By Micah Roberts
To prepare for the intense rush of what’s about to happen this week, the Las Vegas Sportsbook Directors have run through their annual check lists to ensure their operation goes as smooth as ever. Plenty of staffing to accommodate the type of crowds not seen since last football season, check! The book is scrubbed clean with all the TV’s in perfect operation, check! All the betting machines are fully operational and checked by the company leased from, check! The entire staff is versed in departmental policy and procedure, check! All set, ready, hut-hut!
This is the book’s time to shine and contribute to the casino operations cash flow like no other juncture of the year. The book during football season is the one variable of a casino that can actually help a casino hit their budgeted numbers exceeding expectations. In this economic climate, many casinos don’t come close to hitting their monthly or quarterly budgets as many heads of the companies tell their finance people to put lofty numbers on the green sheets in an attempt inspire and make them work harder to achieve the goal, but ultimately they come up short which in turn affects each department head’s bonus.
With football around, the possibilities of hitting budget are there and every Director from other departments all know it and want to root intensely for what the house needs on game day. All it takes is a couple big weekends. In order to get those big weekends, the sports books need parity in the league where there are no sacrificial lambs that the public can keep betting against -- no matter what the number is -- and keep cashing tickets.
Despite finding sharp money on the inflated lines of those ugly teams throughout the weeks, nothing could stop the massive public pile-up betting against those teams. And when the public bets, the majority of the action is parlays paying 6/1, 10/1, 20/1 and 40/1 odds; numbers that can’t be recouped no matter how much straight action comes in from the sharps on the other side.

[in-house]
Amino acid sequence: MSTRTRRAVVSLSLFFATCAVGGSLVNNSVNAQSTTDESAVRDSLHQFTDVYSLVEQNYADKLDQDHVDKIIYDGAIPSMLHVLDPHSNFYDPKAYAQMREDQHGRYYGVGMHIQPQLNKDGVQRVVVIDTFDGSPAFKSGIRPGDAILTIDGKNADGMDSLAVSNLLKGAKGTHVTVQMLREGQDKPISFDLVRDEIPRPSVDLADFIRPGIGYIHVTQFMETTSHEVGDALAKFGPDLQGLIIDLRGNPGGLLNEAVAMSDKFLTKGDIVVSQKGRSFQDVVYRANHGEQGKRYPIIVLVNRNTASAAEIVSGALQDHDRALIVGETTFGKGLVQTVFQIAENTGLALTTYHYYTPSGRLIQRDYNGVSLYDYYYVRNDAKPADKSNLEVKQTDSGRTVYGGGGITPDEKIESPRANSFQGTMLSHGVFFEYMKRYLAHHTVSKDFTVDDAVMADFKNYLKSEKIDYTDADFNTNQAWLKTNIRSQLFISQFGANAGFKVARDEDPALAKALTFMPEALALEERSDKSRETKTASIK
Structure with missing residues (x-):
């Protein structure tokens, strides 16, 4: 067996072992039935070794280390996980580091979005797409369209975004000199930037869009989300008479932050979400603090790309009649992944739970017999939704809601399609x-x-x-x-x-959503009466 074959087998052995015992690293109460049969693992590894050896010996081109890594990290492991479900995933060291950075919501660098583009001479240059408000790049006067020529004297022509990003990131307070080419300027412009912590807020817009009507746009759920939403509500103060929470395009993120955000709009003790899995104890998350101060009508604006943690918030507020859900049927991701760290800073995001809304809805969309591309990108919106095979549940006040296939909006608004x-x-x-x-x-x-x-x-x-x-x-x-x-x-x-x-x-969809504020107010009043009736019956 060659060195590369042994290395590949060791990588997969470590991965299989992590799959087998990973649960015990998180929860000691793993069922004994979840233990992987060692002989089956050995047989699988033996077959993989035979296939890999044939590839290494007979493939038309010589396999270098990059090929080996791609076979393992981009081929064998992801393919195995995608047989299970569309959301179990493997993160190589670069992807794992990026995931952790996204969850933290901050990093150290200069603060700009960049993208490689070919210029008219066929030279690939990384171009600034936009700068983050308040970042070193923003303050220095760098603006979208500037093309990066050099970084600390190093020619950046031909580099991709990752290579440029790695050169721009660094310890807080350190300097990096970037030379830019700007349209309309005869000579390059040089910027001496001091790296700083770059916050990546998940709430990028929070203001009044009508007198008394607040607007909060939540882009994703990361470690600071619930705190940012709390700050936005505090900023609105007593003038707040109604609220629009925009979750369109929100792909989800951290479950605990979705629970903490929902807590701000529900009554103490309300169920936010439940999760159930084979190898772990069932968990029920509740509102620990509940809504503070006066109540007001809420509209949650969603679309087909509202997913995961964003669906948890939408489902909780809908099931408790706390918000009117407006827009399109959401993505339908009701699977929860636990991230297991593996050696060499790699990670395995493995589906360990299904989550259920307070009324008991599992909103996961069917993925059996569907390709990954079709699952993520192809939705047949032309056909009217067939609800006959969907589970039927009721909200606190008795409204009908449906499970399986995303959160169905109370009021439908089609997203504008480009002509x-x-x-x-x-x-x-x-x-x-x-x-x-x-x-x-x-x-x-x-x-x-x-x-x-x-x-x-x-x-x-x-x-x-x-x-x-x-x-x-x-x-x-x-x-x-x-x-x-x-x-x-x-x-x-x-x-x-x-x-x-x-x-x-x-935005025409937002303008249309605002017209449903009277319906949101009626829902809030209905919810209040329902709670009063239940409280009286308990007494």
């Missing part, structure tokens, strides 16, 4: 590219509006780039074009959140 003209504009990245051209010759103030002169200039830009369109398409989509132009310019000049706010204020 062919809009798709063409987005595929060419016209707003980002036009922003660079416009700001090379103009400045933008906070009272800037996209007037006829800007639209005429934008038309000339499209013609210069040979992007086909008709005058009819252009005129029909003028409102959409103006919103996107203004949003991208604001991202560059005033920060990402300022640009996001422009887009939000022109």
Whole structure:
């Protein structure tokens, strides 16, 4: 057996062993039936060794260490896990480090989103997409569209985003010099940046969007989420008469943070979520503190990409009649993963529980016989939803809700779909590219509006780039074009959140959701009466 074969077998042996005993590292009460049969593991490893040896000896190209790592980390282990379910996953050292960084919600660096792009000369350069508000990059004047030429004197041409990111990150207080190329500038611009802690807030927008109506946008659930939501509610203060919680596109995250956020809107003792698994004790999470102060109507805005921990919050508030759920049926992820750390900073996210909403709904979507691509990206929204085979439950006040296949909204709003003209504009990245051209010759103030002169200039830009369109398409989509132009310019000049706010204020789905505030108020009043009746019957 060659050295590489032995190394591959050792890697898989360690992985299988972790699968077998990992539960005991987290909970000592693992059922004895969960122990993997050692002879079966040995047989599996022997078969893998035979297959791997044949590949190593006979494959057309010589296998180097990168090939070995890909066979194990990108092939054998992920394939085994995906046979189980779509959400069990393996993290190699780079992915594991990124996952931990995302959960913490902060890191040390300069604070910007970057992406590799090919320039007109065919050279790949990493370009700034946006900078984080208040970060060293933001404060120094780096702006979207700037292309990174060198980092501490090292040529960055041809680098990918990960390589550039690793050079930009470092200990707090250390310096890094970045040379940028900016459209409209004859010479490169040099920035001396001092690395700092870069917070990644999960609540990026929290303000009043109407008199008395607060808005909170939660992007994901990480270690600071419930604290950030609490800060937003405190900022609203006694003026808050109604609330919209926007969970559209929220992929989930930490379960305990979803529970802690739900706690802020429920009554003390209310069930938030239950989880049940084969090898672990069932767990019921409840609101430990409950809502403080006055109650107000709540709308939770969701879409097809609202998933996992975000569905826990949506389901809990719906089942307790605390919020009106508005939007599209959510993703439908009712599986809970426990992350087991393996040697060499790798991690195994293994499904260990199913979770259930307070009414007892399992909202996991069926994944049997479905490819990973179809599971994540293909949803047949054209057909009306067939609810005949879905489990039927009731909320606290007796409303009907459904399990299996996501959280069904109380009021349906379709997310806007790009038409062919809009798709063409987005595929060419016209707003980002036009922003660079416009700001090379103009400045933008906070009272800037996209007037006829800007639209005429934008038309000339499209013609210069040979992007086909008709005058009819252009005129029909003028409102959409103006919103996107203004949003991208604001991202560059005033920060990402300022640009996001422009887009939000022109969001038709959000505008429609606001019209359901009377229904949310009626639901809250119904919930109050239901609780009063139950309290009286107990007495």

“Last year was the biggest disparity I have ever seen in the NFL from the have’s and the have-nots,” said Boyd Gaming’s Race and Sports Director Bob Scucci, “What we saw in the first seven weeks last year was some really, really good teams and really bad teams with not a lot in between and we had to do some major adjusting in the numbers along the way to compensate for each side.”
Things ultimately evened out over the course of the year, but it was still a disappointing season for most just because of September and October’s win being so far below expectations.
This season looks to be a little different where it looks that at five of those ugly teams from last year are improved. When saying improved, it doesn’t mean they are close to playoff contention but rather they are close to staying where their true rating is and should be able to be competitive within the point spread.
“From what I have seen so far, it doesn’t appear that a group of teams like we saw last year will be as bad and those teams that the public love such as the Patriots don’t look to be as good, “ said Scucci, “Even the Saints aren’t getting the type of attention that a Super Bowl winner usually gets.”
While it’s only preseason to go by, the Rams looked much more improved with Sam Bradford even though as a rookie, he’s sure to have kitchen sinks thrown at him by opposing team’s defenses. They can’t possibly be any worse than the 1-15 team they were last year and Bradford still has one of the best running backs in the league with Steven Jackson. Bradford will struggle at times, no doubt about it, but he has the look of being more like the successful rookie’s of Matt Ryan and Joe Flacco than Tim Couch or Jamarcus Russell.
The Browns had a good preseason in terms of just looking cohesive on offense lead by veteran Jake Delhomme. They were one of the worst offensive teams over the first 10 weeks of the season, but that should change this season as the Browns will score some points and not put their defense in such a position that they are always down.
The Raiders have the fortune of finally winning their battle with owner Al Davis who demanded the starting of Russell each week. Both Jason Campbell and Bruce Gradkowski can move the ball and make the simple passes Russell couldn’t. They also show up for film sessions and can read defenses. They already have a very good defense and should be very competitive in most games.
The Lions have all the looks of being drastically improved, both offensively and defensively. Matt Stafford looks likes he’s going to evolve into one of the NFL’s best and the addition of Jahvid Best could really help make some big plays. The defensive line is about as good as any in the league which should make it a tough for opposing quarterbacks any time facing Detroit.
The one team that doesn’t look to be changed too much is the Chiefs. They still have a floundering Matt Cassel at quarterback and much of the same team on defense that allowed 34 points or more in six games last season. They could be the one team picked on all year by bettors that get there regularly. There‘s always got to be one each year, just hopefully for the sportsbook’s sake, not six teams like last season.